Although the Federal Government reimburses the school districts for one-half the "additional amount" paid to the retired officers, the responsibility for disbursing these funds and determining the ultimate amount of the retired officers' compensation rests with the employing school. Since the school, and not the Federal Government, is the employer, it is difficult to see how any compensation petitioner received from the school could be considered a subsistence or quarters allowance received from the Federal Government. We find that while petitioner served as a Junior ROTC instructor, his sole employment relationship was with the Ector County School District and that he did not receive any nontaxable quarters or subsistence "allowances" from the district.
Cadet Command Regulation (CCR) 145-2, par. 4-4 (May 1, 2006), submitted as evidence by petitioners, comports with the finding of the Court in Lyle . That provision states that the "school or school board is the employing agency of all JROTC personnel" and that the Army will reimburse the school in accordance with AR 145-2. According to the regulation, although the Army is restricted in the amount it can reimburse the school or school board, the school or school board is not restricted in the amount it can pay a JROTC instructor.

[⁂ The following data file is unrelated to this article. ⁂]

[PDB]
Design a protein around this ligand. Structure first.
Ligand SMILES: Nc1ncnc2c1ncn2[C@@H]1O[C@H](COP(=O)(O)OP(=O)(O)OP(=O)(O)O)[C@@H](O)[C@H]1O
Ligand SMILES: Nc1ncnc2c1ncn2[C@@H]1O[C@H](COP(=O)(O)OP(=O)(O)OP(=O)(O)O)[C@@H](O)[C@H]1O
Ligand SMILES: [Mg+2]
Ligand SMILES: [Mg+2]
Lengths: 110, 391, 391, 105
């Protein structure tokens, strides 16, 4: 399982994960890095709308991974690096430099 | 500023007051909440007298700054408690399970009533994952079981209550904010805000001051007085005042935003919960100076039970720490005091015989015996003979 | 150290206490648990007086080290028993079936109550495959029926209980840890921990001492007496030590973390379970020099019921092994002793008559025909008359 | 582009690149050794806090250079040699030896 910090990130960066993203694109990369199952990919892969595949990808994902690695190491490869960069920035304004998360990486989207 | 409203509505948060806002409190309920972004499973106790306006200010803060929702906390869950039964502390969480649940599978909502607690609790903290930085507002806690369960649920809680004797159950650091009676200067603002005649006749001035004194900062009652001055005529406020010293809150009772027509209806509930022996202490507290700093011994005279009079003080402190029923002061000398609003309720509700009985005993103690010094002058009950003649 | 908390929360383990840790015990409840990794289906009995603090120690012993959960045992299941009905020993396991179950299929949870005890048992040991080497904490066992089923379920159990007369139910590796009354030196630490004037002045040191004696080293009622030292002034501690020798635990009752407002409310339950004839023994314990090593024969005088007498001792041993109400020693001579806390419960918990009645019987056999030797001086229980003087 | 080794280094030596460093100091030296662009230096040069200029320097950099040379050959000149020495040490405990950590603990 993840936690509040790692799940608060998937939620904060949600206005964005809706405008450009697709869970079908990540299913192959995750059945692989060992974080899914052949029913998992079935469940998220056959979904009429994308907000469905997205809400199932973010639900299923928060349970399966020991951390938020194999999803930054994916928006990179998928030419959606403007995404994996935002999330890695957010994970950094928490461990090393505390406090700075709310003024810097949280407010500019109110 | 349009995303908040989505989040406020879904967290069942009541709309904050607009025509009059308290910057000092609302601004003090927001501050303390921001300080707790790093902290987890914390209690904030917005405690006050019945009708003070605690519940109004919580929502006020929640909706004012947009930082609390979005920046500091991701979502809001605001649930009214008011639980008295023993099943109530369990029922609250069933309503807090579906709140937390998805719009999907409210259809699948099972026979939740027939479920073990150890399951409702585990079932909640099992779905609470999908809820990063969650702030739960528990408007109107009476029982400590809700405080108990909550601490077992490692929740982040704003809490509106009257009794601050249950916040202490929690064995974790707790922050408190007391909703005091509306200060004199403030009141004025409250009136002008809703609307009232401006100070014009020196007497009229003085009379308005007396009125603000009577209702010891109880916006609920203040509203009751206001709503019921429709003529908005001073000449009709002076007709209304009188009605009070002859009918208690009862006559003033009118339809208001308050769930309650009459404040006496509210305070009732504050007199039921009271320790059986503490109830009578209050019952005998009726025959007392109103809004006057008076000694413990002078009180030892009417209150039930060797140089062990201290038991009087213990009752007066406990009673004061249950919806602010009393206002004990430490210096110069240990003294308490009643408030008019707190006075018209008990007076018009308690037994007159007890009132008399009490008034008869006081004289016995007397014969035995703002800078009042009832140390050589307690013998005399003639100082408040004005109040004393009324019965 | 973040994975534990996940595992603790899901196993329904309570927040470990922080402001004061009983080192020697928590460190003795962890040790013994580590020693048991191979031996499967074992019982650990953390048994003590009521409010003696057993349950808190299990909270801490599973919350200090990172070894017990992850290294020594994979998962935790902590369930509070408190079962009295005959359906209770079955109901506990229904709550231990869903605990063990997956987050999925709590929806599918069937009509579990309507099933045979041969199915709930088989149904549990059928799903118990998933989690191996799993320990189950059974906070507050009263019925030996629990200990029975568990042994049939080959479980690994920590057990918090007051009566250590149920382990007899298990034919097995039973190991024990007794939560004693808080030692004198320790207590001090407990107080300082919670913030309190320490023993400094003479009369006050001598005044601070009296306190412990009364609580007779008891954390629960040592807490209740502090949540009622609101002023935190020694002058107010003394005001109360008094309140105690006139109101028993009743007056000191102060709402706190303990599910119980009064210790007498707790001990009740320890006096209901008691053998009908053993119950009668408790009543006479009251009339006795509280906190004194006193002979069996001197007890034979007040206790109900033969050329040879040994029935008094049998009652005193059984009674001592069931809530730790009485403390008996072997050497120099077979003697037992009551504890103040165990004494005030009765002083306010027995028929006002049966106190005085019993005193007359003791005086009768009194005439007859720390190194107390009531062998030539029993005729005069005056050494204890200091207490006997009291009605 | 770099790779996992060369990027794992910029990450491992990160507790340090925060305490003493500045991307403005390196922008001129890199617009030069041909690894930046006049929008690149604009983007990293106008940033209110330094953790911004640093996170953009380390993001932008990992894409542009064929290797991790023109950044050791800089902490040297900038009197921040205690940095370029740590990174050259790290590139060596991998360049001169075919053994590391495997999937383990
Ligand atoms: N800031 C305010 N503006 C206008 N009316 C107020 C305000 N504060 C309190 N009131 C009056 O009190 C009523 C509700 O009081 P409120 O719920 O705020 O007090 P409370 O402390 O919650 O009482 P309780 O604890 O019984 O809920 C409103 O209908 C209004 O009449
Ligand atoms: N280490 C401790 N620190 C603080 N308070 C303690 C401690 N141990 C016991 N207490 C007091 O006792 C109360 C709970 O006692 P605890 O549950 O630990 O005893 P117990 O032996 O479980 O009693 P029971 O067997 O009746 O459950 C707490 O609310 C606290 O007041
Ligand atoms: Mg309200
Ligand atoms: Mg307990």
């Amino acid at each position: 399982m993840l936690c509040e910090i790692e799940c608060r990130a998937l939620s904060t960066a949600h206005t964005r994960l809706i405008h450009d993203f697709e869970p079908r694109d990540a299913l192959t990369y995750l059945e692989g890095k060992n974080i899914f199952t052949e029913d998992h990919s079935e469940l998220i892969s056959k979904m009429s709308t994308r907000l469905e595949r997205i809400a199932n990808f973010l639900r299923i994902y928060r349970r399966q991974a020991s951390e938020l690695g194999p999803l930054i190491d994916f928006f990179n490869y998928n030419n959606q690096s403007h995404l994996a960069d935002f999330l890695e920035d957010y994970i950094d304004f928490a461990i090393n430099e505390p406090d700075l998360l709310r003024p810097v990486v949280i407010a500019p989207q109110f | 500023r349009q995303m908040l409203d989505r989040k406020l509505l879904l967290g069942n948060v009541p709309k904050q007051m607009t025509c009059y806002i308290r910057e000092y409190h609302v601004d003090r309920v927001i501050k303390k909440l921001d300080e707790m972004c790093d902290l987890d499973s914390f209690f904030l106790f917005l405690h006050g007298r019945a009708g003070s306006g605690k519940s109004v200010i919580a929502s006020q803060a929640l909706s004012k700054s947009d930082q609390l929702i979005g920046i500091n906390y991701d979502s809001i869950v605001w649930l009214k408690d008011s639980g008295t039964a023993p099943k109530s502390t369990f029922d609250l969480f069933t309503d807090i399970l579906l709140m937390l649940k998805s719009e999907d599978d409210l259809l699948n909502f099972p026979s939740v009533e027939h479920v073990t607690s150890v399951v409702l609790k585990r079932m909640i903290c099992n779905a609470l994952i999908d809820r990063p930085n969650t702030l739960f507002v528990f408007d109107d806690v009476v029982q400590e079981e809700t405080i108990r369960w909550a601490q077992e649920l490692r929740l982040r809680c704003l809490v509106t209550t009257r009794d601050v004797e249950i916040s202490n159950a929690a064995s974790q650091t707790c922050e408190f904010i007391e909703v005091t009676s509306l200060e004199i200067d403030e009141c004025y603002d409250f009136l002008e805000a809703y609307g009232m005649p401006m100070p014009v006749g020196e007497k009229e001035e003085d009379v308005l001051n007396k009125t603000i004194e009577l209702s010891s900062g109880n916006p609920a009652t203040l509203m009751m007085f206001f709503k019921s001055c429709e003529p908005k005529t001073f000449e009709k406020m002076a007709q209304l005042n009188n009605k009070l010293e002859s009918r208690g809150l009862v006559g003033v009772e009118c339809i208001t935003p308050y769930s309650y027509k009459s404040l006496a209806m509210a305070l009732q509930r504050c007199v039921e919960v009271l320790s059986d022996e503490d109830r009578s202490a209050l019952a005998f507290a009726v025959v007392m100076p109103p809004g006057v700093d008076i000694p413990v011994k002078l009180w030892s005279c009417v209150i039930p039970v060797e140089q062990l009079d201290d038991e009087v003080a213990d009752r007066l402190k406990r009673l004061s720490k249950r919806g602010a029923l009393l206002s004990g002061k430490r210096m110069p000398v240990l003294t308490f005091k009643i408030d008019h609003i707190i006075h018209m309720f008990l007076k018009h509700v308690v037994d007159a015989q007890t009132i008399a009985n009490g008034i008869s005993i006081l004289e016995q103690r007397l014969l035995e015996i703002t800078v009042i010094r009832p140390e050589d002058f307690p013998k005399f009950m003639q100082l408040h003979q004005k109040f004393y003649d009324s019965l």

Petitioners may be unaware of two Federal District Court opinions issued before this Court's decision in Lyle . In Scott v. United States , 33 AFTR 2d 74-858, 74-1 USTC par. 9281 (D.S.C. 1973), the District Court found that 10 U.S.C. section 2031 merely sets out a formula to calculate the salary of retired members serving as JROTC instructors. It further found that military "allowances" are payable only to members entitled to "basic pay", only active duty members are entitled to basic pay, and that the taxpayer, retired from the military, was not on active duty while serving as a JROTC instructor. The decision by the Federal District Court in Sweeney v. United States , 34 AFTR 2d 74-5700, 74-2 USTC par. 9672 (N.D. Ga. 1974), discusses favorably and is in accord with Scott . See also Tucker v. Commissioner , T.C. Memo. 1999-373 (even where 100 percent of taxpayer's salary was reimbursed under special condition by the Federal Government, JROTC salary not excludable). Petitioners have pointed to no court decision to support their position.
In view of the foregoing, the Court holds that no portion of the JROTC pay that petitioner received from the Township is excludable from gross income.
The Court has considered all of the other arguments made by petitioners, and, to the extent not specifically discussed above, the Court concludes those arguments are without merit.
To reflect the foregoing,
Decision will be entered for respondent.